• The Iceberg Profile Elite athletes from different sports (including runners, rowers, and wrestlers) tend to score below average for negative states such as tension, depression, fatigue, and confusion; and score well above average on vigour. Non athletes show similar scores for all moods and produce a fairly level line. On a graph, the POMS profile for elite athletes forms a shape that has been called the ‘iceberg’ profile; the better the athlete, the more pronounced the profile. POMS may be used to diagnose overtraining because the shape of the profile becomes inverted when an athlete overtrains.
  • MotivationWhy do elite athletes continue despite pain?Why do we strive to improve our skills?Motivation has 2 aspects:It energises and directs our behaviour.It can be defined as:The desire to fulfil a need.
  • Sporting ChallengeWhat motivates you?Extreme Skipping by Boxer Frankie Gavin -YouTube
  • Achievement MotivationAtkinson (1964)He described achievement motivation as an aspect ofpersonality, a stable disposition based on two differentmotives. His theory takes into account both personalityand the situation.BBC Sport - Euro 2012: England-Italy - Pirlos audaciouspenalty kickChampions League FinalThe 2 Motives:motivation to achieve success (Nach)motivation to avoid failure (Naf)
  • Achievement Motivation People tend to show the following characteristics: Motive to Achieve Success Motive to Avoid Failure• look for challenges• dislike situations in which there is a 50/50 chance• value feedback from others• persist for longer• prefer to play very easy or very difficult opposition (guaranteed results)• perform worse when they are being evaluated by others• are not afraid of failure• are concerned about standards of excellence• attribute performance to internal factors (effort, concentration, ability)• attribute performance to external factors (luck, referee, weather)
  • Achievement Motivation People tend to show the following characteristics: Motive to Achieve Success Motive to Avoid Failure look for challenges dislike situations in which there is a 50/50 chance value feedback from others prefer to play very easy or very difficult opposition (guaranteed results) persist for longer perform worse when they are being evaluated by others are not afraid of failure attribute performance to external factors (luck, referee, weather) are concerned about standards of excellenceattribute performance to internal factors (effort, concentration, ability)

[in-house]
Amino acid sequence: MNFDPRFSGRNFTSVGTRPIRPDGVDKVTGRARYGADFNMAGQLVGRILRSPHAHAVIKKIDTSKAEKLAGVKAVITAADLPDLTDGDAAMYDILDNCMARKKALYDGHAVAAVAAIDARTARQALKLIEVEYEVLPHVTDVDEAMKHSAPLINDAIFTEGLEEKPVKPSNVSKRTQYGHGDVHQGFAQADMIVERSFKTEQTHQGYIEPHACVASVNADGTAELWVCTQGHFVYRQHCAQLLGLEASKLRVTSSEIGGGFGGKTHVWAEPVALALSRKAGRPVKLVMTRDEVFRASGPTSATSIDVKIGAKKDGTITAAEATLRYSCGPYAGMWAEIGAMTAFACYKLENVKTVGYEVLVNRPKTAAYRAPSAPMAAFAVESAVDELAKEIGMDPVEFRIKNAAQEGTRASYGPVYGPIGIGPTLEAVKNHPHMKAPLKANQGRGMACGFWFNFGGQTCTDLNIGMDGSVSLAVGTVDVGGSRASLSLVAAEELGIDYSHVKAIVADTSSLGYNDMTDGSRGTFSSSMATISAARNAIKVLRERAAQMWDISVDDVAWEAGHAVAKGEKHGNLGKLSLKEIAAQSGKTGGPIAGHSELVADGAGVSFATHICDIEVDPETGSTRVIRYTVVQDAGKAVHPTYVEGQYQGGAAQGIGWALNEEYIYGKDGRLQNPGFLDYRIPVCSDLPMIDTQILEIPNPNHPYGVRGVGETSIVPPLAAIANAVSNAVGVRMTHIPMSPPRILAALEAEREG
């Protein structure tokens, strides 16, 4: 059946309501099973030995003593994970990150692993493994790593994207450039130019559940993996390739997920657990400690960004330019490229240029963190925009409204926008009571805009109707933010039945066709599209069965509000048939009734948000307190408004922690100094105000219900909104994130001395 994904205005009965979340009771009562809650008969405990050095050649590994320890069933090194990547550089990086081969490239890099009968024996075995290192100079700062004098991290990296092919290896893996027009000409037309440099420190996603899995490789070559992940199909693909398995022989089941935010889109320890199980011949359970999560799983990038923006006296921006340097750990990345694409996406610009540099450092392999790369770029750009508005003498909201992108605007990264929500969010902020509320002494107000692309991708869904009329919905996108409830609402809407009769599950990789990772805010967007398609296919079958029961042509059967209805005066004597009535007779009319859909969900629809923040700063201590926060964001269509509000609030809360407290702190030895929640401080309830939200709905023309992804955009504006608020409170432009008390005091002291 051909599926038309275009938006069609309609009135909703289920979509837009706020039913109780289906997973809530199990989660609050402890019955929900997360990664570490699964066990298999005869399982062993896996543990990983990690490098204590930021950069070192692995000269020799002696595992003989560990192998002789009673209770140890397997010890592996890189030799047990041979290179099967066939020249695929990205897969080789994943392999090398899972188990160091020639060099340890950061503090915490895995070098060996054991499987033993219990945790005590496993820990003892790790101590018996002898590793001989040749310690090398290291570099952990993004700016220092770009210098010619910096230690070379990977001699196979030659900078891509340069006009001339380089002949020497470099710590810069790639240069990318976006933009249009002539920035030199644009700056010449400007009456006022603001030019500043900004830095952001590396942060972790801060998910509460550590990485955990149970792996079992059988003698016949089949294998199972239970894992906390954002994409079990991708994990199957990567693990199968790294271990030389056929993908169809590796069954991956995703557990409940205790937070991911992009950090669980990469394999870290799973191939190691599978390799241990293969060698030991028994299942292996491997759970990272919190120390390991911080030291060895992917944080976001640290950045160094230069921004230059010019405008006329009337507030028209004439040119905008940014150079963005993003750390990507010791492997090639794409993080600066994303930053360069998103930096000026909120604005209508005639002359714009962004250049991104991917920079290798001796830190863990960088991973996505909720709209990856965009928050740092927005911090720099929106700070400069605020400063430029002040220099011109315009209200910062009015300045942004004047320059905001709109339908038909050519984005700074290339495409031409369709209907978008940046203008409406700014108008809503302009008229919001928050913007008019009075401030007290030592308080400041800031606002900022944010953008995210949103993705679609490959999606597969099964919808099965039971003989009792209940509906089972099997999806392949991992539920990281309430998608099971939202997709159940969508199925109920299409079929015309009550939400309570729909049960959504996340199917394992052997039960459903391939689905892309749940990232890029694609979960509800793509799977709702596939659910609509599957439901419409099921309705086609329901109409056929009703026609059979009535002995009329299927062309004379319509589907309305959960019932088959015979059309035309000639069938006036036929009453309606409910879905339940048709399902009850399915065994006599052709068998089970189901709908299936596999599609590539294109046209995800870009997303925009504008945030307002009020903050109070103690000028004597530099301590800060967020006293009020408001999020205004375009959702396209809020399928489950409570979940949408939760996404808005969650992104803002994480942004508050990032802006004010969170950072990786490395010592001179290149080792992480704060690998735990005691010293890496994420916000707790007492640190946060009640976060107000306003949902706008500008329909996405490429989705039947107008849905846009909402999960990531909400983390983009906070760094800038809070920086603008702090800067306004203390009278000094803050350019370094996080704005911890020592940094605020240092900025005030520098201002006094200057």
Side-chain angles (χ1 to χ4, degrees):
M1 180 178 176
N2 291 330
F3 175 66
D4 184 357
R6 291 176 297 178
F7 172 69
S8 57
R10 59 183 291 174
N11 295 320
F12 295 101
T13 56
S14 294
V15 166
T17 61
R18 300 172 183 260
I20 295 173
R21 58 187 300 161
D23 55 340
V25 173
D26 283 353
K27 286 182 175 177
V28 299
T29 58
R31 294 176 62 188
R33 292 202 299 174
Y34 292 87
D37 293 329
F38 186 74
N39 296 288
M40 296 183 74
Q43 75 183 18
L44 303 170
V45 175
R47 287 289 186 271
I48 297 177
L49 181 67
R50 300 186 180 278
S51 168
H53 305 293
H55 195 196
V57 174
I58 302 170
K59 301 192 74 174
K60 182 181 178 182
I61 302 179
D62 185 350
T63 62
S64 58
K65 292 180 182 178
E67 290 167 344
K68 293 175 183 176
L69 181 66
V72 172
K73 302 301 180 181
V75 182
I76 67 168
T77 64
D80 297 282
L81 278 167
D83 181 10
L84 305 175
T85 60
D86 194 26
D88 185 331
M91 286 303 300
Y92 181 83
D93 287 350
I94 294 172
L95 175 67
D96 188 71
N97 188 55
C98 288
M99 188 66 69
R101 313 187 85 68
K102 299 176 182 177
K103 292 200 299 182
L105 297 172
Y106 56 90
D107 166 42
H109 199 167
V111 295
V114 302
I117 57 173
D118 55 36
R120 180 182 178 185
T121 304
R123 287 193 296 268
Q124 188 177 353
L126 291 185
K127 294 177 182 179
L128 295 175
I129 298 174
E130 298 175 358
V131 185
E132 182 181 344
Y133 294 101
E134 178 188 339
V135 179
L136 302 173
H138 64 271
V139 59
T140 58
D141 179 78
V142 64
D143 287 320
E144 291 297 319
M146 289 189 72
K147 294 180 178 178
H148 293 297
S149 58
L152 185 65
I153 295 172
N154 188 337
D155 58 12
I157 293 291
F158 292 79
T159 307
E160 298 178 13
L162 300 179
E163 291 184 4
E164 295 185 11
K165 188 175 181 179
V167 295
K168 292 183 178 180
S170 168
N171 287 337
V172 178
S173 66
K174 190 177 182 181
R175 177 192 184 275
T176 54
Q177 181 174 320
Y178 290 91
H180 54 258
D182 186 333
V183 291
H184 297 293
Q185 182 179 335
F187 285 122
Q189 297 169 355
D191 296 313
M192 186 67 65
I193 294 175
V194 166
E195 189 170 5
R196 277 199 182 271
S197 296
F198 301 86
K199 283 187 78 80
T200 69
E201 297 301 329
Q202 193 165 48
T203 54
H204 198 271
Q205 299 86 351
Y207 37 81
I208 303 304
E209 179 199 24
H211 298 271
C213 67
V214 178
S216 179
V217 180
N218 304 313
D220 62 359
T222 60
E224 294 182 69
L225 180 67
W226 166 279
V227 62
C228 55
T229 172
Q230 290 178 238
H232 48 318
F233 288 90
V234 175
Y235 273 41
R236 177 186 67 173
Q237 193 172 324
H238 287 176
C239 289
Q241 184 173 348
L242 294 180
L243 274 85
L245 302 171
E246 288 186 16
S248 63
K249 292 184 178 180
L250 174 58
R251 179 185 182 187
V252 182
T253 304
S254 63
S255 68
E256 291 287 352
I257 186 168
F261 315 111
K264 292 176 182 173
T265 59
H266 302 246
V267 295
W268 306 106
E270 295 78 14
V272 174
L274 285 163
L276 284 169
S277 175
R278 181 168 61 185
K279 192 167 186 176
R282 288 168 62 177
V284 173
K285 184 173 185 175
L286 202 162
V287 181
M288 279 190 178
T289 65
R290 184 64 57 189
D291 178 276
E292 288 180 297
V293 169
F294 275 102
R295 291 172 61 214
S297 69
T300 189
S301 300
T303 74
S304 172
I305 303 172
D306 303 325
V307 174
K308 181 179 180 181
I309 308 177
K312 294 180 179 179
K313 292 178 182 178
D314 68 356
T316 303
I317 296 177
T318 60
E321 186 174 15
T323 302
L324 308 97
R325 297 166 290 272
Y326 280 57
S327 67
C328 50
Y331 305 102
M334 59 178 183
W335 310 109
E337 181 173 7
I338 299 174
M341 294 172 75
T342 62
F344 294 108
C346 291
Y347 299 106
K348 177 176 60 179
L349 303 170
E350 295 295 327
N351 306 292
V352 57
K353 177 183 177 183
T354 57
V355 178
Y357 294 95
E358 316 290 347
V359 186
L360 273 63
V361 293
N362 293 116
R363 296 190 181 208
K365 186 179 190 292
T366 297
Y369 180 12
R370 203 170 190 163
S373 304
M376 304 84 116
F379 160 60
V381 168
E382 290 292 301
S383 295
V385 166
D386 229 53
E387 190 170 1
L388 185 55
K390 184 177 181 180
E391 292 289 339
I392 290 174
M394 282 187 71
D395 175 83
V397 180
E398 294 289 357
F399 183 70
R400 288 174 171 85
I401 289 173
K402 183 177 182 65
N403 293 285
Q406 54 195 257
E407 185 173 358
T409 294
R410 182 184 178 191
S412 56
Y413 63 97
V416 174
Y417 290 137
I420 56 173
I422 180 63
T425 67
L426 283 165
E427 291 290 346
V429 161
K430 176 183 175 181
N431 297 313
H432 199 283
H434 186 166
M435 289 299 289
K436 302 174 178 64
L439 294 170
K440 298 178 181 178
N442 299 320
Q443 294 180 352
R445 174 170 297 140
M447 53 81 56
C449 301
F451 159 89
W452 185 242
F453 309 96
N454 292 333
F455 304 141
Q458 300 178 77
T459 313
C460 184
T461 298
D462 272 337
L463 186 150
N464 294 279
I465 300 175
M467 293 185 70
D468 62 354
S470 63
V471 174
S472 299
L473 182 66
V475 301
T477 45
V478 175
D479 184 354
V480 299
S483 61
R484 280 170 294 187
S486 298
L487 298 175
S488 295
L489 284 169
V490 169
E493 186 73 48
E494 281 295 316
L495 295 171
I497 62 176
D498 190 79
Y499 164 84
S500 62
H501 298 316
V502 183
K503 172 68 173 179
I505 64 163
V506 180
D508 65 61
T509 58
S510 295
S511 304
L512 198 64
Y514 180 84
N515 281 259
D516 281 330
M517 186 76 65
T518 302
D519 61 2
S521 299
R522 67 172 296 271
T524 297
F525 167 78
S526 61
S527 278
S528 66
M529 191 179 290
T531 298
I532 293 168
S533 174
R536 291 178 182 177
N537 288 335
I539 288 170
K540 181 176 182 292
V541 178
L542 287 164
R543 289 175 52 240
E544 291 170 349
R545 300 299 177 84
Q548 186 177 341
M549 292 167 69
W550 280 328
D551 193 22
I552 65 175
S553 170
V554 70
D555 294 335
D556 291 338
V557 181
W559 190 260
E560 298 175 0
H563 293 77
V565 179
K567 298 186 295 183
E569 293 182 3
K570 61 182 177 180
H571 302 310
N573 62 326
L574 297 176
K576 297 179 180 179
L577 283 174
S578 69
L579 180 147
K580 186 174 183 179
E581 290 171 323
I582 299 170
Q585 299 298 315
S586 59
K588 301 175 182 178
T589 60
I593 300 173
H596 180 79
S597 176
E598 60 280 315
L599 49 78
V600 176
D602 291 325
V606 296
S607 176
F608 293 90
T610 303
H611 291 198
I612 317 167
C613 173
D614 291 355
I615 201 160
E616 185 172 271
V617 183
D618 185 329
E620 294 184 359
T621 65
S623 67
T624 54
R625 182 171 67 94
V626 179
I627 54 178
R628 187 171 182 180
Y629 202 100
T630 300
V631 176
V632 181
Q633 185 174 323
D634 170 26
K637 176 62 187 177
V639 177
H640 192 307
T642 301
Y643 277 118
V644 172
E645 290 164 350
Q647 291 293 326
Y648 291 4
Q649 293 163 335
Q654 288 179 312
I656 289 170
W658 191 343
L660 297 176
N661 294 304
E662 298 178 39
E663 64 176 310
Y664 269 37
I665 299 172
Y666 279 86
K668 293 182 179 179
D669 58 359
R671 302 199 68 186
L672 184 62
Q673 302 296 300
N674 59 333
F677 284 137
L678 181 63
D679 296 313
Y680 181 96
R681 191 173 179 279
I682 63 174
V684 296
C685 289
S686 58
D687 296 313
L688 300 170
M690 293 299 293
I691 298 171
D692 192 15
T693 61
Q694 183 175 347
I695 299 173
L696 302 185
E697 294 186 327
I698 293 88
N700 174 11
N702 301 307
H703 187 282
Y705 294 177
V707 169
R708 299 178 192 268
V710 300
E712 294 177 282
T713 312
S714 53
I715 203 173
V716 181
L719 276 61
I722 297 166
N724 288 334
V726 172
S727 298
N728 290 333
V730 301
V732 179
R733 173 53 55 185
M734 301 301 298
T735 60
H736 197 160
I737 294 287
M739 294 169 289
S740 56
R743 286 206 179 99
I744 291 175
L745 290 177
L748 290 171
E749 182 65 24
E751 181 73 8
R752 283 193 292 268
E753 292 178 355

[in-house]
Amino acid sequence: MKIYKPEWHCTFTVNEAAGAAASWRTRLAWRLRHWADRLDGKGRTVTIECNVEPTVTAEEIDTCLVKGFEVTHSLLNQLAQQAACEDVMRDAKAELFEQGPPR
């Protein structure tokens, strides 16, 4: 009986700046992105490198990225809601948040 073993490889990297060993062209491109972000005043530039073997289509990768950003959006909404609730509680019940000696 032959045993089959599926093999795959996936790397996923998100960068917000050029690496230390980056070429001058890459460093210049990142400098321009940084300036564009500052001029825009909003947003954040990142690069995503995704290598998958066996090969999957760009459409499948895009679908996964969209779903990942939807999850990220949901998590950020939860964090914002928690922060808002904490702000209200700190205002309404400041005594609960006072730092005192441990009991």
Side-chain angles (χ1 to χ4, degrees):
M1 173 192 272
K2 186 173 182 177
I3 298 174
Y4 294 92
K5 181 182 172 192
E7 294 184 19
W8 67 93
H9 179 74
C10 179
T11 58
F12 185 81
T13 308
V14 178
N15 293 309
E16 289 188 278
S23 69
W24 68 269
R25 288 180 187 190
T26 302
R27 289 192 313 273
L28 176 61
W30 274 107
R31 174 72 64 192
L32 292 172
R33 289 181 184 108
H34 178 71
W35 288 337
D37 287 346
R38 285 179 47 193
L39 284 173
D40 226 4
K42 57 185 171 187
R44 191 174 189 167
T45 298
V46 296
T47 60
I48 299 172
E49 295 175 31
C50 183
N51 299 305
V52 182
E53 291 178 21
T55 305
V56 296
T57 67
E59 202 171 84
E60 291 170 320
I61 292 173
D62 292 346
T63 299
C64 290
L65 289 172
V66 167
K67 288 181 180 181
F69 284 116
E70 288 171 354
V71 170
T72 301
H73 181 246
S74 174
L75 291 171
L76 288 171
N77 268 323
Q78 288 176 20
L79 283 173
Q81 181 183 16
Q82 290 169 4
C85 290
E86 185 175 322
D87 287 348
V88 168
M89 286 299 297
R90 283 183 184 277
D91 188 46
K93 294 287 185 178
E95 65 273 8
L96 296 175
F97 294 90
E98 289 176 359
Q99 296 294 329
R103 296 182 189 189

• How could coaches change Naf athletes to Nach athletes?• let them experience success• raise their confidence• use positive reinforcement• set SMARTER goals• use role models• control arousal levels
  • Measuring Achievement MotivationPersonality Traits:Atkinson claimed that we all have these two motives to someextent but it is the difference between the two. The larger thedifference – the greater the achievement motivation.Situation:2 aspects of the task will determine behaviour:• Task difficulty: the probability of success or failure in the task• Incentive value of success: the importance to the individual of success or failure in the task
  • Key Words to Remember• Learned helplessness = a belief (state of mind) that failure is inevitable and that we have no control over it e.g. a netball shooter repeatedly fails to score a goal in a game, they become passive, lose the motive to act and eventually give up altogether – changing position.• Avoidance Behaviour = rejects challenges• Approach Behaviour = accepts a challenge
  • Home LearningComplete 2 case studies that demonstrate:• The characteristics of one Nach and one Naf athlete/sportsman.• Include information regarding the task difficulty and the incentive value of success for each.• Include the use of the key words on the previous slide.
  • Review of Learning Outcomes:You should be able to:• evaluate the use of personality testing• describe the profile of mood states (POMs)• define motivation• describe achievement motivation theory• explain motives to achieve (Nach) and avoid failure (Naf) and the characteristics of each• give examples of incentive value and probability of success• understand the terms ‘learned helplessness’, ‘approach behaviour’ and ‘avoidance behaviour’.